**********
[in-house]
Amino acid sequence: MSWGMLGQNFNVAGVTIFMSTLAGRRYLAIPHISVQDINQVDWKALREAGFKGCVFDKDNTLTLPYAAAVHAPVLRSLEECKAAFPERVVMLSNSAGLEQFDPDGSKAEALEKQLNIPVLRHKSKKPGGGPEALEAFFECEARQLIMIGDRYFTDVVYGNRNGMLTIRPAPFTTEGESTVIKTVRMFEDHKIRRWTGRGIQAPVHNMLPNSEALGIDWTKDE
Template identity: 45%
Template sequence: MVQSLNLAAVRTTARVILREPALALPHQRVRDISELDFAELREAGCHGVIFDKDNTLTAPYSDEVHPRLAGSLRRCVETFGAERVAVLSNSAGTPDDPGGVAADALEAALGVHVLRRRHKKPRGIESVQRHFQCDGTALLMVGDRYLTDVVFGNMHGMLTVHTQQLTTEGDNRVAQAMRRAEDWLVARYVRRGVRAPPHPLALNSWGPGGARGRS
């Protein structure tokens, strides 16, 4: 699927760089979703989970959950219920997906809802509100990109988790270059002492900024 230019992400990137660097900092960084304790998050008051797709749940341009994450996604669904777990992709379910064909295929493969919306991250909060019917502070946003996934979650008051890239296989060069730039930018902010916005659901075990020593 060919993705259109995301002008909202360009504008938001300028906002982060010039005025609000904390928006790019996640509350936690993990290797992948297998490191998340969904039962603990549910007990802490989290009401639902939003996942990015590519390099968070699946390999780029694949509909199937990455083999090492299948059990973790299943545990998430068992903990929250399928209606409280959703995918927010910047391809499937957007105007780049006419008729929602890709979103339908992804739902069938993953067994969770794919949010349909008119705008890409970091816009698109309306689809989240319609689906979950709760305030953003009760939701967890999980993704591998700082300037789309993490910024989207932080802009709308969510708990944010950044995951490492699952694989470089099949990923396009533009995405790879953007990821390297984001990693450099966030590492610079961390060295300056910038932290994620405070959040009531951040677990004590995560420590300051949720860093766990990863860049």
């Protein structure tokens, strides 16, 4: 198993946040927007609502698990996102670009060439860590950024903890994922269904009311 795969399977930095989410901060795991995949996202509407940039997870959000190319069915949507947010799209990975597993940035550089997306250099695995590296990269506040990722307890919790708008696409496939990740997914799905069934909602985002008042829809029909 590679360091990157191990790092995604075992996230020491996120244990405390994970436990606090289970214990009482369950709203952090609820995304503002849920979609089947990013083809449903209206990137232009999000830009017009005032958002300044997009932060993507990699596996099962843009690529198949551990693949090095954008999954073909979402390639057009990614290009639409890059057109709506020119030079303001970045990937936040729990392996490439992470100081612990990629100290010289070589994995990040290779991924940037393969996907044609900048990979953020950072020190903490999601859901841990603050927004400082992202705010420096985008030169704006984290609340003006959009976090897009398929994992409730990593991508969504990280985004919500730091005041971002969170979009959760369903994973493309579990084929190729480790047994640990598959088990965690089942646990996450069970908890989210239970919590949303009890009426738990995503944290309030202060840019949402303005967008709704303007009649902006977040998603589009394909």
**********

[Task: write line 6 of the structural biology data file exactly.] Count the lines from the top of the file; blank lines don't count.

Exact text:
């Protein structure tokens, strides 16, 4: 198993946040927007609502698990996102670009060439860590950024903890994922269904009311 795969399977930095989410901060795991995949996202509407940039997870959000190319069915949507947010799209990975597993940035550089997306250099695995590296990269506040990722307890919790708008696409496939990740997914799905069934909602985002008042829809029909 590679360091990157191990790092995604075992996230020491996120244990405390994970436990606090289970214990009482369950709203952090609820995304503002849920979609089947990013083809449903209206990137232009999000830009017009005032958002300044997009932060993507990699596996099962843009690529198949551990693949090095954008999954073909979402390639057009990614290009639409890059057109709506020119030079303001970045990937936040729990392996490439992470100081612990990629100290010289070589994995990040290779991924940037393969996907044609900048990979953020950072020190903490999601859901841990603050927004400082992202705010420096985008030169704006984290609340003006959009976090897009398929994992409730990593991508969504990280985004919500730091005041971002969170979009959760369903994973493309579990084929190729480790047994640990598959088990965690089942646990996450069970908890989210239970919590949303009890009426738990995503944290309030202060840019949402303005967008709704303007009649902006977040998603589009394909």